“The quality of that evidence is not often judged to be strong enough to be able to be added to that equation," said. 

“And then, what is called the discount rate – the extent to which the expenditure now produces future savings is reflected in the calculation of the economic model.

“At the moment we're using a discount rate which is a substantially higher than a number of other more progressive countries including the UK.

“Finally, one interesting aspect of how the onus of proof works in Australia, is the companies themselves have the burden of proof to show that their vaccine is cost effective.

“You might argue that is okay for a drug, for a particular target population.

“But for a whole population…you could also argue that really that burden of proof should be on government.
“I think this is an area where we do need to have some policy analysis and look at the benefits.”

Speaking from the prevention perspective of road safety, Transport Accident Commission (TAC) CFO, Tony Dudley, discussed the Towards Zero strategy.

“The TAC’s long-term aim is to see that there's no one killed or seriously injured on our roads, it's a very ambitious strategy and we're aiming by 2050 for that to come true,” he said.

Mr Dudley said that in the past the cost of undertaking the preventive measures were weighed up against the cost and societal costs of road trauma, using a benefit to cost ratio to determine the return on investment.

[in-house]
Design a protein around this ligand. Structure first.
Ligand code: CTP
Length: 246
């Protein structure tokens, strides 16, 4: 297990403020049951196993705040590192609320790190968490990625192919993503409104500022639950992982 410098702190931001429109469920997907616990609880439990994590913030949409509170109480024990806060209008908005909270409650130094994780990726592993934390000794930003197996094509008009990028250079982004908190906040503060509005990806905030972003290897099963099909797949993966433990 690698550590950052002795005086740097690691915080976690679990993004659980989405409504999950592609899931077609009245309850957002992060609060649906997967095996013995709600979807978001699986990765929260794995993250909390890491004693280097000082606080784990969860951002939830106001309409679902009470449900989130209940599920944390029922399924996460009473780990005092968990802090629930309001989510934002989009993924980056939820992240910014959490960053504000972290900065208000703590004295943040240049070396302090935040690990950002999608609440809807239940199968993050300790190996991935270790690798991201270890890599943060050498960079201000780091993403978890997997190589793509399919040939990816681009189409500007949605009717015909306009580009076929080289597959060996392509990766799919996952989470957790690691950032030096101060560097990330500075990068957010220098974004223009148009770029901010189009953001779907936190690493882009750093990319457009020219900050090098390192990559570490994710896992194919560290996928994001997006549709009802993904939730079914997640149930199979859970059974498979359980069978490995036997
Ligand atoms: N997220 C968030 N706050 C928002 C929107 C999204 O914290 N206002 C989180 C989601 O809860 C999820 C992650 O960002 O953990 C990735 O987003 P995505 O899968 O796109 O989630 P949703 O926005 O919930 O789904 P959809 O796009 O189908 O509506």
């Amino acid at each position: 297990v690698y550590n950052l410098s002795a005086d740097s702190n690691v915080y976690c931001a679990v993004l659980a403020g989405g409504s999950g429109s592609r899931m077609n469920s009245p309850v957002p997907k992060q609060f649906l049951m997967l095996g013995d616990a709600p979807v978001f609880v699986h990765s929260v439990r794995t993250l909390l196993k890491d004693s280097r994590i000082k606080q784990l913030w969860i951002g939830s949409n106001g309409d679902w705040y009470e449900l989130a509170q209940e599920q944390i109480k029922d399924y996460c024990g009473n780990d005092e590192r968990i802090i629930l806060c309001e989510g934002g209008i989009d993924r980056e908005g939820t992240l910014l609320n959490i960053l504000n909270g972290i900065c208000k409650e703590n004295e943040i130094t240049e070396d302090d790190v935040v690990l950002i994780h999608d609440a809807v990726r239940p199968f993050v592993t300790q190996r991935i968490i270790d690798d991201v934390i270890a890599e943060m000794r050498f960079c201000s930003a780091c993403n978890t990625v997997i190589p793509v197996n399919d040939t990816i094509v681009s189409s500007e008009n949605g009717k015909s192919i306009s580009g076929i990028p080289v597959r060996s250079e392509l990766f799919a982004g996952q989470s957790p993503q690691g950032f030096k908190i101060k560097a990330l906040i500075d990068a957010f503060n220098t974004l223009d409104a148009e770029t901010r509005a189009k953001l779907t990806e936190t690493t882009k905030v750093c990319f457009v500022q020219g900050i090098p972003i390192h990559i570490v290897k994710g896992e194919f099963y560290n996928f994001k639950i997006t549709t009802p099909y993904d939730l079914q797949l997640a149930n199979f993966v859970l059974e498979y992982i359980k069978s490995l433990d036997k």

“In the past we've always taken an economic rationalist sort of view of things in terms of getting the cost-benefit, so we look at reducing road trauma as an investment. 

“More recently in Victoria we followed what the northern European and particularly Sweden, are doing in their approach where every human life is assumed to be sacrosanct.

“Decisions around design and operation of the transport system are made with safety as a key consideration,  whereas in the past safety would have been one of the considerations along with mobility, environmental issues and those sorts of things.

“We're putting in front of that the value of someone's life.

“To do that though and to move forward it takes political leadership. Fortunately, in Victoria we've had the backing of state government.

“We wanted to reset the community agenda in relation to how we thought and talked about road trauma.

“What we need to do is start that conversation and debate, strong leadership from our leaders, to be able to drive the message and make sure that…everyone is accountable for what they do.”

Also speaking at the event was The Australia Institute Chief Economist, Rod Campbell, who said economics can often exclude the community from the debate.

“I will be an evangelist for cost-benefit analysis if it's actually serving and reflecting community values and if economics stops being a barrier,” he said.  

“There is a huge amount of economic analysis that is commissioned by interest groups, it's carried out by consultants who have a vested interest in giving their clients the opinions they want and…economics is about putting a value on your opinions.

“Australia is one of the richest communities, living at the richest time in our history, we can actually afford to do pretty much anything – we can't afford to do everything – but we can afford to do pretty much anything.

“I think if economists were doing their job better, including the community and reflecting what they wanted, then you'd see a lot more money being put into prevention and vaccines.”